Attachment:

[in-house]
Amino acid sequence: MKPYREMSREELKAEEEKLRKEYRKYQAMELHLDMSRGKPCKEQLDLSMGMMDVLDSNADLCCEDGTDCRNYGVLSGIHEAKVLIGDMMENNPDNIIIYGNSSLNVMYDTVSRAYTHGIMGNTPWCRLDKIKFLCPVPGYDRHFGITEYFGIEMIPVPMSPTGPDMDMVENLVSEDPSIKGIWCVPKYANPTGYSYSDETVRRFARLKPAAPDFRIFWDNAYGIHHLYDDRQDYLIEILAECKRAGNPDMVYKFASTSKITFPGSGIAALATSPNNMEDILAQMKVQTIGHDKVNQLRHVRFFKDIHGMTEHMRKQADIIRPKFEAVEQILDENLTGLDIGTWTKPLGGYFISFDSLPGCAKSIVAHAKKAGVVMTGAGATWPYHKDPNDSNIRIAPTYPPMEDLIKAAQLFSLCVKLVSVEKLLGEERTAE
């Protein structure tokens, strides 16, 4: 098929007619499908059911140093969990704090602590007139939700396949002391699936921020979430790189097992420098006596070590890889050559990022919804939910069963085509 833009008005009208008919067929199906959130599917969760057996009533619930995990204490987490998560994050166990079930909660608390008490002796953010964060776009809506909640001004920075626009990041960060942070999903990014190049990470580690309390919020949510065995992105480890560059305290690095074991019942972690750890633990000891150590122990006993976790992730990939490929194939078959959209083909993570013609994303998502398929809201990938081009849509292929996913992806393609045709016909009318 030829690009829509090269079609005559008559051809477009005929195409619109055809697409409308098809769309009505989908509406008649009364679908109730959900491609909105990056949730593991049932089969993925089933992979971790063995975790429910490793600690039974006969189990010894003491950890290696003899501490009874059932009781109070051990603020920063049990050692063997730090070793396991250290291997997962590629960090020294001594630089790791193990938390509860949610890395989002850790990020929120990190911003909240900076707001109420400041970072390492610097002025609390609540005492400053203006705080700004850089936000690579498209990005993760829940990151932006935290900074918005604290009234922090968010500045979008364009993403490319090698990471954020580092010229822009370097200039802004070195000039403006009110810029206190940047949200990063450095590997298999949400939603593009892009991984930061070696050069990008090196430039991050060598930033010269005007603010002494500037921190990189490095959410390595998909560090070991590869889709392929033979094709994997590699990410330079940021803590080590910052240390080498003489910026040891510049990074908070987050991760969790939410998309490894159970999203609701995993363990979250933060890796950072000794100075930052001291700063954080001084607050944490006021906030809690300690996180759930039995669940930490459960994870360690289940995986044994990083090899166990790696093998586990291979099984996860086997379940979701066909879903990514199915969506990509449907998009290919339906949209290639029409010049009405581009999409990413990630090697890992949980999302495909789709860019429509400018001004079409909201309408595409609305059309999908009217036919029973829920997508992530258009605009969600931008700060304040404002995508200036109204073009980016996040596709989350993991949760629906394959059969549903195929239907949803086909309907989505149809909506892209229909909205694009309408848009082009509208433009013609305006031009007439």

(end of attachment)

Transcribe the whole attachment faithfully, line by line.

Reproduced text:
[in-house]
Amino acid sequence: MKPYREMSREELKAEEEKLRKEYRKYQAMELHLDMSRGKPCKEQLDLSMGMMDVLDSNADLCCEDGTDCRNYGVLSGIHEAKVLIGDMMENNPDNIIIYGNSSLNVMYDTVSRAYTHGIMGNTPWCRLDKIKFLCPVPGYDRHFGITEYFGIEMIPVPMSPTGPDMDMVENLVSEDPSIKGIWCVPKYANPTGYSYSDETVRRFARLKPAAPDFRIFWDNAYGIHHLYDDRQDYLIEILAECKRAGNPDMVYKFASTSKITFPGSGIAALATSPNNMEDILAQMKVQTIGHDKVNQLRHVRFFKDIHGMTEHMRKQADIIRPKFEAVEQILDENLTGLDIGTWTKPLGGYFISFDSLPGCAKSIVAHAKKAGVVMTGAGATWPYHKDPNDSNIRIAPTYPPMEDLIKAAQLFSLCVKLVSVEKLLGEERTAE
């Protein structure tokens, strides 16, 4: 098929007619499908059911140093969990704090602590007139939700396949002391699936921020979430790189097992420098006596070590890889050559990022919804939910069963085509 833009008005009208008919067929199906959130599917969760057996009533619930995990204490987490998560994050166990079930909660608390008490002796953010964060776009809506909640001004920075626009990041960060942070999903990014190049990470580690309390919020949510065995992105480890560059305290690095074991019942972690750890633990000891150590122990006993976790992730990939490929194939078959959209083909993570013609994303998502398929809201990938081009849509292929996913992806393609045709016909009318 030829690009829509090269079609005559008559051809477009005929195409619109055809697409409308098809769309009505989908509406008649009364679908109730959900491609909105990056949730593991049932089969993925089933992979971790063995975790429910490793600690039974006969189990010894003491950890290696003899501490009874059932009781109070051990603020920063049990050692063997730090070793396991250290291997997962590629960090020294001594630089790791193990938390509860949610890395989002850790990020929120990190911003909240900076707001109420400041970072390492610097002025609390609540005492400053203006705080700004850089936000690579498209990005993760829940990151932006935290900074918005604290009234922090968010500045979008364009993403490319090698990471954020580092010229822009370097200039802004070195000039403006009110810029206190940047949200990063450095590997298999949400939603593009892009991984930061070696050069990008090196430039991050060598930033010269005007603010002494500037921190990189490095959410390595998909560090070991590869889709392929033979094709994997590699990410330079940021803590080590910052240390080498003489910026040891510049990074908070987050991760969790939410998309490894159970999203609701995993363990979250933060890796950072000794100075930052001291700063954080001084607050944490006021906030809690300690996180759930039995669940930490459960994870360690289940995986044994990083090899166990790696093998586990291979099984996860086997379940979701066909879903990514199915969506990509449907998009290919339906949209290639029409010049009405581009999409990413990630090697890992949980999302495909789709860019429509400018001004079409909201309408595409609305059309999908009217036919029973829920997508992530258009605009969600931008700060304040404002995508200036109204073009980016996040596709989350993991949760629906394959059969549903195929239907949803086909309907989505149809909506892209229909909205694009309408848009082009509208433009013609305006031009007439």